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Tiresias: The Ancient Mediterranean Religions Source Database



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Cicero, Tusculan Disputations, 4.24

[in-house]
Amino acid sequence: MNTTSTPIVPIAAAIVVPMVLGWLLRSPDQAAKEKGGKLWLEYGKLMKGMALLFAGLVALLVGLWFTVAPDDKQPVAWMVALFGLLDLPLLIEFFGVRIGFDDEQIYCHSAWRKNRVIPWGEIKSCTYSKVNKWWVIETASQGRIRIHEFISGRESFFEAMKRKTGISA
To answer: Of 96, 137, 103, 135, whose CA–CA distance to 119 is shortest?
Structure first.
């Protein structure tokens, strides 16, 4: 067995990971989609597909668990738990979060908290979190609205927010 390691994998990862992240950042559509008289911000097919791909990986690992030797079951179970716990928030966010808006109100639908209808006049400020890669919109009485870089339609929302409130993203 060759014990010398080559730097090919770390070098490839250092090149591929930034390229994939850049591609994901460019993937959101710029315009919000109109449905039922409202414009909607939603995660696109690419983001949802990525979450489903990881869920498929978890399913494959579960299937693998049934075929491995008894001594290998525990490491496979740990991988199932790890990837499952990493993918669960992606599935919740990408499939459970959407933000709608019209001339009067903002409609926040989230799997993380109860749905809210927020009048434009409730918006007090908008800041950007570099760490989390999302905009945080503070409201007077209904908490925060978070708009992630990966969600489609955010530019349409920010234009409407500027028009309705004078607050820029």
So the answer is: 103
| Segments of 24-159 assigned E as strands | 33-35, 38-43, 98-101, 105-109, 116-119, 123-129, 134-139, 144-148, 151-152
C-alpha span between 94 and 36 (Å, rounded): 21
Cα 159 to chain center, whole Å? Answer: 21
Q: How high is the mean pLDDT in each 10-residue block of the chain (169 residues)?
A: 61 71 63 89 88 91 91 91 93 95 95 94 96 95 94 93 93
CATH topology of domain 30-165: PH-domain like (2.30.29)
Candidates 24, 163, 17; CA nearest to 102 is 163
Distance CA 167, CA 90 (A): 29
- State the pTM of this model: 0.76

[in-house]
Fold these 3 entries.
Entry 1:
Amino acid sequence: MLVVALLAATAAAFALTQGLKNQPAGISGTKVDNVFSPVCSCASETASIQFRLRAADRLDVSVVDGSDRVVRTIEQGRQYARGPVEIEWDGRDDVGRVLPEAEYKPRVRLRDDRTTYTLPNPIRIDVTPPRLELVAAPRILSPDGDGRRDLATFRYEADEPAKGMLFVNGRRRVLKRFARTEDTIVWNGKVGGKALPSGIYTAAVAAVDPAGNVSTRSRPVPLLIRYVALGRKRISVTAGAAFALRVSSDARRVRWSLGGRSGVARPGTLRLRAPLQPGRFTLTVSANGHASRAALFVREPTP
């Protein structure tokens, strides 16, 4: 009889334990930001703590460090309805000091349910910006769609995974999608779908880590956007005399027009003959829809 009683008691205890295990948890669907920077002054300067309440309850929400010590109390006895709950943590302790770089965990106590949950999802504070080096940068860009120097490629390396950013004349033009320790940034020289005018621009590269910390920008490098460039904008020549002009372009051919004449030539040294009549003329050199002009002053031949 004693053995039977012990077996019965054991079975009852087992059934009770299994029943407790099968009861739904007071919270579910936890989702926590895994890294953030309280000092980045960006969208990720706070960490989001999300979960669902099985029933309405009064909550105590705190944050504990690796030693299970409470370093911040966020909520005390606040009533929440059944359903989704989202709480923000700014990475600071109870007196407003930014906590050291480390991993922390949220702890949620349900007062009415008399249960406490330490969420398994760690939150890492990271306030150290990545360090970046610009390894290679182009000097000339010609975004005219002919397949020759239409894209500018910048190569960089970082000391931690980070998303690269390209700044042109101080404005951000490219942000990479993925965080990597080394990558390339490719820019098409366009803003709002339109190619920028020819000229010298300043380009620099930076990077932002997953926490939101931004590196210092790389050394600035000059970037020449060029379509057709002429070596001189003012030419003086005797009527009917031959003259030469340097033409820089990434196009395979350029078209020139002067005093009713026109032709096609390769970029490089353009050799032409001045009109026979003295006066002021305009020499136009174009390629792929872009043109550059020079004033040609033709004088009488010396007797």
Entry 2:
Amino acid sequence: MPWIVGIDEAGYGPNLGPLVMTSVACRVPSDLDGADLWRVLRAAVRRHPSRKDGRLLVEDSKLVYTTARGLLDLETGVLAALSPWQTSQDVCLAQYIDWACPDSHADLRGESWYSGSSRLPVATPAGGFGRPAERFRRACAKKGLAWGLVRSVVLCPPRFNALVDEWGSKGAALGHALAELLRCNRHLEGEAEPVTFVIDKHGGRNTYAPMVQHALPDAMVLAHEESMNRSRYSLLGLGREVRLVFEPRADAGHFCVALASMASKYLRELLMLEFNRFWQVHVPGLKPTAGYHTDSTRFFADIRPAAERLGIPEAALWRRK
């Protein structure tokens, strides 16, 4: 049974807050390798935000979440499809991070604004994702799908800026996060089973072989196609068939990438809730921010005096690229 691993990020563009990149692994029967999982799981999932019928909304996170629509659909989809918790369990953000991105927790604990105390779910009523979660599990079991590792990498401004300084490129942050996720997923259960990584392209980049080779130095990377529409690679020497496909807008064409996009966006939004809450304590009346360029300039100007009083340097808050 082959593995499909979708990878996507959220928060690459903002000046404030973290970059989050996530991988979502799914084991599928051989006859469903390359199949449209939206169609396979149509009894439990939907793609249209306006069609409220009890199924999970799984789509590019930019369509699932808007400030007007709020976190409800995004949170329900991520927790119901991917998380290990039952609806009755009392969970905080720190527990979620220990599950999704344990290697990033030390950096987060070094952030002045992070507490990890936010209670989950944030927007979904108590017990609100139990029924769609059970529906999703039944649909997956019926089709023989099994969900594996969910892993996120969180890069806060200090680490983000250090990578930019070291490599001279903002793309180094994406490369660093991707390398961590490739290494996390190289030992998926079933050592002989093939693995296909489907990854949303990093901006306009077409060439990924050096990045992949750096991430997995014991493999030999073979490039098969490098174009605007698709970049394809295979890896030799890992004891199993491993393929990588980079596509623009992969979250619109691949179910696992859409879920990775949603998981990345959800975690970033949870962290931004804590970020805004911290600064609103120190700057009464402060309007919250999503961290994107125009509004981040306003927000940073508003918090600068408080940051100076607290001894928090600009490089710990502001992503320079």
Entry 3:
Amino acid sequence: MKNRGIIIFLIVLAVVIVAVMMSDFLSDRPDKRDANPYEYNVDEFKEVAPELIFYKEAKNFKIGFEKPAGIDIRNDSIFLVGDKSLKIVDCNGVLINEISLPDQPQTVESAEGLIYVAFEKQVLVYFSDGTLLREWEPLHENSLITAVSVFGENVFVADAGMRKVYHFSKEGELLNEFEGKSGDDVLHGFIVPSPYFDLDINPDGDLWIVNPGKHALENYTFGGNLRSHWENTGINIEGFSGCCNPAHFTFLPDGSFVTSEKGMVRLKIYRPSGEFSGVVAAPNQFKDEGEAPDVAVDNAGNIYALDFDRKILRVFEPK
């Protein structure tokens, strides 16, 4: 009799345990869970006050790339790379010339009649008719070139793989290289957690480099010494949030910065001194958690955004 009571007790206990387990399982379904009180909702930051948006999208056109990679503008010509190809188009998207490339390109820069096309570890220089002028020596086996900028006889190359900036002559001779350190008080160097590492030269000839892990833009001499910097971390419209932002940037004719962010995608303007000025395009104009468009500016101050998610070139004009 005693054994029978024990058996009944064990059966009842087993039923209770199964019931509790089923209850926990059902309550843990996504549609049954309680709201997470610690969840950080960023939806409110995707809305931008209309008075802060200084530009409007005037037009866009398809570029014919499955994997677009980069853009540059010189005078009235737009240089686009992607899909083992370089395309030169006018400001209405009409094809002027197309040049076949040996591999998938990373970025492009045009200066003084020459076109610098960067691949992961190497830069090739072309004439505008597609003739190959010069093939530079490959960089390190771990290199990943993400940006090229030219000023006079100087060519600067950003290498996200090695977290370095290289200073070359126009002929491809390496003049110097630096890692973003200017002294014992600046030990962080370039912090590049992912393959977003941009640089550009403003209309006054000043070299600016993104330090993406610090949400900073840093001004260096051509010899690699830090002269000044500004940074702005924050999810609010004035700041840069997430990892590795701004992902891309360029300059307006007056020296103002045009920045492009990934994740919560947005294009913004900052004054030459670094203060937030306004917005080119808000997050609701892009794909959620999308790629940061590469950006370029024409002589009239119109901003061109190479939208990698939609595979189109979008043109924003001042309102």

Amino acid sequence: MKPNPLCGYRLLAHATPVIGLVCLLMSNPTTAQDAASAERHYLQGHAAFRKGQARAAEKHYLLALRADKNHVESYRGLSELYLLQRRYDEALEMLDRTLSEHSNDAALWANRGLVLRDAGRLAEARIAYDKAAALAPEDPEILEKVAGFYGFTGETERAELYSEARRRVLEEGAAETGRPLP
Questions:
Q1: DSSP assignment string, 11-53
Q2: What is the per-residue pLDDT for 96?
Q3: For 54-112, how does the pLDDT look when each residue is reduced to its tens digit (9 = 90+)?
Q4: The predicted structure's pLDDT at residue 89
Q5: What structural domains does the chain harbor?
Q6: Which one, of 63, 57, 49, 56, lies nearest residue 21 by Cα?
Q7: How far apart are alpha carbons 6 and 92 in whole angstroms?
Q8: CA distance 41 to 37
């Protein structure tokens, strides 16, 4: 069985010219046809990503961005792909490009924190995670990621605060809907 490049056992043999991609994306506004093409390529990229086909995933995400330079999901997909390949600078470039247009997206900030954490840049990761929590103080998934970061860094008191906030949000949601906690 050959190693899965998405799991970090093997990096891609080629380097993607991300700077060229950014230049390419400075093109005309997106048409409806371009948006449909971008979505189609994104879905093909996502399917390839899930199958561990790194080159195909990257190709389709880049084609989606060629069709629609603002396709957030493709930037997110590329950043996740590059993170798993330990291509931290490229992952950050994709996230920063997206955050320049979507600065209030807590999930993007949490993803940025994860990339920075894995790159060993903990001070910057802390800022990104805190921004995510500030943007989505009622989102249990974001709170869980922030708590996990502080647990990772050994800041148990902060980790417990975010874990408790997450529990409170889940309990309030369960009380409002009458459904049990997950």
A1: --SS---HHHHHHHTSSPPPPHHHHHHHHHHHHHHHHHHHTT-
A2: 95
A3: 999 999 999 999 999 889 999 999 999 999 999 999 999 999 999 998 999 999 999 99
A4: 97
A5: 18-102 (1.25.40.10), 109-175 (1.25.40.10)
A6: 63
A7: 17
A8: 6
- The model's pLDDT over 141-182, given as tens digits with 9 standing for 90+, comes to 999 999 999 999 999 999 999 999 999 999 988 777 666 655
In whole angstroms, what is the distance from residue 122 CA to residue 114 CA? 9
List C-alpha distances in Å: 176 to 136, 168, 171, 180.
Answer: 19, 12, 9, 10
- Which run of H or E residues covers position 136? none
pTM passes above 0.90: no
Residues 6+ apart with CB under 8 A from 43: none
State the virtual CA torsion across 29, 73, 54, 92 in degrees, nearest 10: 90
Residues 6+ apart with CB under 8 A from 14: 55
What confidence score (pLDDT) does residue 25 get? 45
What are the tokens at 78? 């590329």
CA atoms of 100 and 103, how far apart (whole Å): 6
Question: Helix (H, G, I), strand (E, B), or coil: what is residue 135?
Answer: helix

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26 results
1. Hebrew Bible, Exodus, 32, 15 (9th cent. BCE - 3rd cent. BCE)

2. Hebrew Bible, Numbers, 25 (9th cent. BCE - 3rd cent. BCE)

3. Homer, Iliad, 4.1-4.36 (8th cent. BCE - 7th cent. BCE)